Since it may take me awhile to post reviews of the most current HF novels, I will reach back to my reading diary from 2001-forward and post some of the highlights.
Today, I will tackle Dorothy Dunnett’s Game of Kings:
(From 2001) It took three tries and two years to plow my way through this monster of a book. I persevered because I believe one is not fully rounded in the historical fiction genre without having read at least one of Dunnett’s works–she is said to be the master of the genre and quite brilliant.
I did not enjoy this book, however.
First of all, I personally disliked the writing style: dry, unemotional, filled with archaic words and foreign phrases. Even with a dictionary by my side, I would say that I missed at least forty percent of the storyline.
Secondly, I felt that the reader is never properly introduced to the characters, rather the characters are thrust directly, forcefully, and without subtlety, into the reader’s view. It is, therefore, difficult to connect with them and to care about their fate, unlike the characters portrayed in Sharon Kay Penman’s books, with whom the reader is intimately involved from start to finish.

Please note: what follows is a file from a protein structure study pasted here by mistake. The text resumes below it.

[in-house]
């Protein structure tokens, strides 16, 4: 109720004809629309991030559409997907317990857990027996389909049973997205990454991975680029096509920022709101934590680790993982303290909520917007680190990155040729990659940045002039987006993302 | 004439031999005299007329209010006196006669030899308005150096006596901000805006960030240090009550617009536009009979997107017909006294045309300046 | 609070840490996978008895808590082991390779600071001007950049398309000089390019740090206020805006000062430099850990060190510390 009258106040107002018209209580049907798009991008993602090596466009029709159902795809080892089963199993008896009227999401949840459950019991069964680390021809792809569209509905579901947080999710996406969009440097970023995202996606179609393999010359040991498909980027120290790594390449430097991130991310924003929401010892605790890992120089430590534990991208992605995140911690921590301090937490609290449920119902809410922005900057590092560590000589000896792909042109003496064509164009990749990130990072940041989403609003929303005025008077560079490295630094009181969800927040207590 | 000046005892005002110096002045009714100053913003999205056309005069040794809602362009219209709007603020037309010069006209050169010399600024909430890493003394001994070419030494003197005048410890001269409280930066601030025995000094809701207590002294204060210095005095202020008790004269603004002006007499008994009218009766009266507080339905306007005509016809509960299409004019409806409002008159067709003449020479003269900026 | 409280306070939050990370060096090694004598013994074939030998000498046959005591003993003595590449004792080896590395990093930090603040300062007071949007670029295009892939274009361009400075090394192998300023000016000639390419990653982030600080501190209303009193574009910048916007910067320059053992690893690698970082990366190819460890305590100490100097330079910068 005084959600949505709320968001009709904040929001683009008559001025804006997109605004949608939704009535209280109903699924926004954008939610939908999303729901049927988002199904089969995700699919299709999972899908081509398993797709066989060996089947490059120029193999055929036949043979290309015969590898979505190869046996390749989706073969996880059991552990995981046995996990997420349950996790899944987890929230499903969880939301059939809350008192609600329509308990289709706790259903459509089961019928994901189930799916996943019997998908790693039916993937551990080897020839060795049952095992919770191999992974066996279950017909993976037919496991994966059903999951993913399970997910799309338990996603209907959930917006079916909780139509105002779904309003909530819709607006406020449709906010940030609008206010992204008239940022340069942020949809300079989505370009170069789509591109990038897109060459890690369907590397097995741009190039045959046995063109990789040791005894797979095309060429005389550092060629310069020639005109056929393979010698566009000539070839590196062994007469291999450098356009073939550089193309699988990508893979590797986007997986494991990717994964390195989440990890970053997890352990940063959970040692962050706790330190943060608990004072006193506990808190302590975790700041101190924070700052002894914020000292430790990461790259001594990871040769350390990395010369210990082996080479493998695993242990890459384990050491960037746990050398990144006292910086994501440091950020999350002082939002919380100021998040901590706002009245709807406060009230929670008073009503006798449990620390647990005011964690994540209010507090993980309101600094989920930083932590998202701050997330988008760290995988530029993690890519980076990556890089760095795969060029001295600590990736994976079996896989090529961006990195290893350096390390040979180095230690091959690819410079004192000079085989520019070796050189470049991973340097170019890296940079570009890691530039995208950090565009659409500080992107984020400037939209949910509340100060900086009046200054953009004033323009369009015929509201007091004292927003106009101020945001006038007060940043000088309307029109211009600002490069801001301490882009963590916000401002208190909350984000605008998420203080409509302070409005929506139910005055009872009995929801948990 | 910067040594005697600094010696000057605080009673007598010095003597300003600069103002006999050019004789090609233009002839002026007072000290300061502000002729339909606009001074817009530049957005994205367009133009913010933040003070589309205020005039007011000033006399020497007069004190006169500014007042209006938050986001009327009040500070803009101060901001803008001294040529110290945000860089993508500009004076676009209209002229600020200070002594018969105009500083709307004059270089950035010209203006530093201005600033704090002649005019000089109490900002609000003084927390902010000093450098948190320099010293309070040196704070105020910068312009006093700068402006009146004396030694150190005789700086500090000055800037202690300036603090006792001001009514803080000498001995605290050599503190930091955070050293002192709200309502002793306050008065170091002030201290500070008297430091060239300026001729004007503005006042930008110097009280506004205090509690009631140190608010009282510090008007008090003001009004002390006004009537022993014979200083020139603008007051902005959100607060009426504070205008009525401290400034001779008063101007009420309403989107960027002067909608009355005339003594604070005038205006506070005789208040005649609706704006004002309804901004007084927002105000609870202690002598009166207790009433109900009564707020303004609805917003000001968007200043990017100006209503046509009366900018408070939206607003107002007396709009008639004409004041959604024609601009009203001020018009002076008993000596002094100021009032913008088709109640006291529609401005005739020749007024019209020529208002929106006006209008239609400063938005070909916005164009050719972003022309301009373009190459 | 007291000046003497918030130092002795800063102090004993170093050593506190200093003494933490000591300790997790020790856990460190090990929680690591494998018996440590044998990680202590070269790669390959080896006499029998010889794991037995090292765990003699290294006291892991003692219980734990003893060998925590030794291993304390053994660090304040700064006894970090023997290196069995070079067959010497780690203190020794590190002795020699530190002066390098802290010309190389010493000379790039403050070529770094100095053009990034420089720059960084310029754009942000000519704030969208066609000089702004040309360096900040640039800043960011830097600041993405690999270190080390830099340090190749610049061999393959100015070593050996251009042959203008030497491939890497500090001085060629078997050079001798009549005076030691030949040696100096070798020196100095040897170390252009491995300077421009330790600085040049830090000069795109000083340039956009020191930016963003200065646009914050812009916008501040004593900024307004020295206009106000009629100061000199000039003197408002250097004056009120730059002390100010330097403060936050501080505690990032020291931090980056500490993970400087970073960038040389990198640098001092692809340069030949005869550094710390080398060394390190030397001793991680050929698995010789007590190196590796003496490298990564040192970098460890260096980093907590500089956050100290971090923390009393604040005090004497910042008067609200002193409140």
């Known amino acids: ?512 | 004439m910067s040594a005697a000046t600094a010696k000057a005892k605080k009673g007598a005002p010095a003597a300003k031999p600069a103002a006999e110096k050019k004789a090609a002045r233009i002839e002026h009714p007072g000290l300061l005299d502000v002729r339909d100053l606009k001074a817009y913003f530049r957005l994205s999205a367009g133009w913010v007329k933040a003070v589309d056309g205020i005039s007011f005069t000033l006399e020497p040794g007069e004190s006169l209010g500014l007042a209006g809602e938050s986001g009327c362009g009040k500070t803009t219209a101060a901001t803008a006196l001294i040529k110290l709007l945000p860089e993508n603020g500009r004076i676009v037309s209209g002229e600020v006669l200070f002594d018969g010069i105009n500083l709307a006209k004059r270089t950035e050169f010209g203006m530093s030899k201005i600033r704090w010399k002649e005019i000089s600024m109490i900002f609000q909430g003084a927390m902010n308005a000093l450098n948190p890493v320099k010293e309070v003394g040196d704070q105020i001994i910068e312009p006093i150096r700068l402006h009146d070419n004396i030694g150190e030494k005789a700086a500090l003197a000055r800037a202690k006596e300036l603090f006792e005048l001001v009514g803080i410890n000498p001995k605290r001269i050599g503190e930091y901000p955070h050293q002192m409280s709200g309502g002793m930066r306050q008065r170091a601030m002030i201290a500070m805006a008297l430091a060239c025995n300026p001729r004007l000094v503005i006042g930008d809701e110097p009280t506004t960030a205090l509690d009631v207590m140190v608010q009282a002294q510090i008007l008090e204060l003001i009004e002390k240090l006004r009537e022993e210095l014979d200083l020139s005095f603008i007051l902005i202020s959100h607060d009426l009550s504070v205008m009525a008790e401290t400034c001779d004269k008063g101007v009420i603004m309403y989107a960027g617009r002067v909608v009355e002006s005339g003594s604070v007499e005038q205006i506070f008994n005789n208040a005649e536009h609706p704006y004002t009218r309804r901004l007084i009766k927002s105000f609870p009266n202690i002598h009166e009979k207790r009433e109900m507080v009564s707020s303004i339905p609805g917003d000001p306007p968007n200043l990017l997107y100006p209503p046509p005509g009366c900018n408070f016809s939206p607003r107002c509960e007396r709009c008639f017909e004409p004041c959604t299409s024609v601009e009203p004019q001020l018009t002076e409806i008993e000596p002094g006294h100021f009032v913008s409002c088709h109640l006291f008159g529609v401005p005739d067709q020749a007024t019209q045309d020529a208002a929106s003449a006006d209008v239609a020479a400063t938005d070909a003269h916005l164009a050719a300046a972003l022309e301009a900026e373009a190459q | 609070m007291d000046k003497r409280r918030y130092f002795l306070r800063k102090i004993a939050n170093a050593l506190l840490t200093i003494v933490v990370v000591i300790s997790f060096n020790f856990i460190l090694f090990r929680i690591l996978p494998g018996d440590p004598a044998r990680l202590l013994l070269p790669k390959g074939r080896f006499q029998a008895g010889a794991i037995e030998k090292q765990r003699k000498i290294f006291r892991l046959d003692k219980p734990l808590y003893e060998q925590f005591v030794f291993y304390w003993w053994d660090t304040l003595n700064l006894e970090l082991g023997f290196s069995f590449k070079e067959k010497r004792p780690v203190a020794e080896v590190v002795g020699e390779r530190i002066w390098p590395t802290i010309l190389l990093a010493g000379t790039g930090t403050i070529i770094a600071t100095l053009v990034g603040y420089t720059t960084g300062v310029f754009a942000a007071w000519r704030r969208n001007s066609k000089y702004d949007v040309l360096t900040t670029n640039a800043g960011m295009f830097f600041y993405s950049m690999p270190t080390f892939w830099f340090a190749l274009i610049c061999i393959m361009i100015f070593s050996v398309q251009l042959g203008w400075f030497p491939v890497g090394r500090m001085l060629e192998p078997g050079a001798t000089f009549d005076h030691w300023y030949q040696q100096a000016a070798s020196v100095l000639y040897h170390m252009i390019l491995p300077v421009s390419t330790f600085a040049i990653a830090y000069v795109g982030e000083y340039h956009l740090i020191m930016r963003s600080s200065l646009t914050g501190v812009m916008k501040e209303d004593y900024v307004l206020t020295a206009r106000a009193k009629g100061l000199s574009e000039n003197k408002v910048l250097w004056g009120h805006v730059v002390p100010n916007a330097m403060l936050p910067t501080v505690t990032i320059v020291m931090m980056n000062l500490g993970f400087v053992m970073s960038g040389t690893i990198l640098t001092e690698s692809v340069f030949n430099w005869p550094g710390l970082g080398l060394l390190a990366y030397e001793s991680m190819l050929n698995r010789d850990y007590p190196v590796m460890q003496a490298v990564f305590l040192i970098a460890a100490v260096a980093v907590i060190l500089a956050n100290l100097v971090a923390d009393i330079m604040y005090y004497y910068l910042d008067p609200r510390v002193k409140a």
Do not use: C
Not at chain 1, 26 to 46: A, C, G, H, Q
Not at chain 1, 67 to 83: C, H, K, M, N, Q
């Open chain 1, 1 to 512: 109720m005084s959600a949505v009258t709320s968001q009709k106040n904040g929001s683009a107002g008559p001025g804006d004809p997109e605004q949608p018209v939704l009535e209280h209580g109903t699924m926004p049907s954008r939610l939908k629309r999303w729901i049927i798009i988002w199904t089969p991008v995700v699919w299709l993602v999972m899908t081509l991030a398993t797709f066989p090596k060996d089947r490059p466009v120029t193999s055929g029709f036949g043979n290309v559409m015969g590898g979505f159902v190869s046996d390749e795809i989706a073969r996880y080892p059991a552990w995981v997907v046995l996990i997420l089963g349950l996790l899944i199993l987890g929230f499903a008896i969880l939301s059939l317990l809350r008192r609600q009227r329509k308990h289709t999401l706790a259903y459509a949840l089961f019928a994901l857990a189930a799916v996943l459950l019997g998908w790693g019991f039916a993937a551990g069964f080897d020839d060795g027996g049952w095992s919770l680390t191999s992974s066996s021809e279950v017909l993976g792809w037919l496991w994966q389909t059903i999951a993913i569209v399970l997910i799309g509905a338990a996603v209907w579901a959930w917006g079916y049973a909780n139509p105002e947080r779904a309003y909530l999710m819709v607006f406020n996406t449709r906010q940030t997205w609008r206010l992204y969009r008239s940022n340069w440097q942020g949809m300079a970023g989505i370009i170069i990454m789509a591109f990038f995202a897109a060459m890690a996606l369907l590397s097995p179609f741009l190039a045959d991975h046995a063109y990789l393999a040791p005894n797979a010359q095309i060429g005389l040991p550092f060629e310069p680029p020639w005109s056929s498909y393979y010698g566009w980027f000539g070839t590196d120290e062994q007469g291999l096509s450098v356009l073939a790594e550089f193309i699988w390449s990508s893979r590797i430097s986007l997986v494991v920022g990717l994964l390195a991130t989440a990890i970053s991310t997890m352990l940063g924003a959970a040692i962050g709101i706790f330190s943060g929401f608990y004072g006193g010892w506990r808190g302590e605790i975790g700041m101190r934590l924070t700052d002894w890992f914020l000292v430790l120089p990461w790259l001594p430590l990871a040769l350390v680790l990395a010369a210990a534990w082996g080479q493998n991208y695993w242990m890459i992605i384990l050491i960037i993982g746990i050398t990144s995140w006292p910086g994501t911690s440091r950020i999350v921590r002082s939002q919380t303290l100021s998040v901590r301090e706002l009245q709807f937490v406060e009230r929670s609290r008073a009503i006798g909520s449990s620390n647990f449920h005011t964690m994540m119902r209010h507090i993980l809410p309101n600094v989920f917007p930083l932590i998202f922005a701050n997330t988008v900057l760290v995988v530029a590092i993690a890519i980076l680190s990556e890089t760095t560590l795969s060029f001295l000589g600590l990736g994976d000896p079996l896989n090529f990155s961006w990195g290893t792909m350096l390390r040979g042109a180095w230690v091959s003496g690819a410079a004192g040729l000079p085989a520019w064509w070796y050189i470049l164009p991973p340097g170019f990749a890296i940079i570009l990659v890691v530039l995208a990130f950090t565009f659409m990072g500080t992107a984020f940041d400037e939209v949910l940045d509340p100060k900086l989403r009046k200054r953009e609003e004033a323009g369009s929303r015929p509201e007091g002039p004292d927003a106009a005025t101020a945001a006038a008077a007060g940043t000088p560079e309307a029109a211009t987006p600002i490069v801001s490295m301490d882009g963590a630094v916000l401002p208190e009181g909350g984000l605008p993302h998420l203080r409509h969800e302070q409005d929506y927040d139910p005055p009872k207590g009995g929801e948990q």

The plot was overly political and too lacking in sufficient character development for my taste–simply not the type of story I am normally drawn to; however, I did find redeeming features: a few breathtaking rescues, a brief enjoyable interplay between brothers near the conclusion of the novel, where the reader is offered a miniscule glimpse into depth of the relationship, as well as an intriguing duel scene.
I consider myself to be fairly well educated and intelligent, and overall, I felt insulted and offended by the pretentiousness displayed here. An a fit of anger and frustration, I told myself that this novel was the essence of academic snobbery. I’ve mellowed quite a bit since then, and have concluded that Game of Kings was a worthwhile, if painful, read, and I am proud that I managed to complete this monster, for I proved to myself that I still have the patience necessary to read difficult, time-consuming pieces of literature.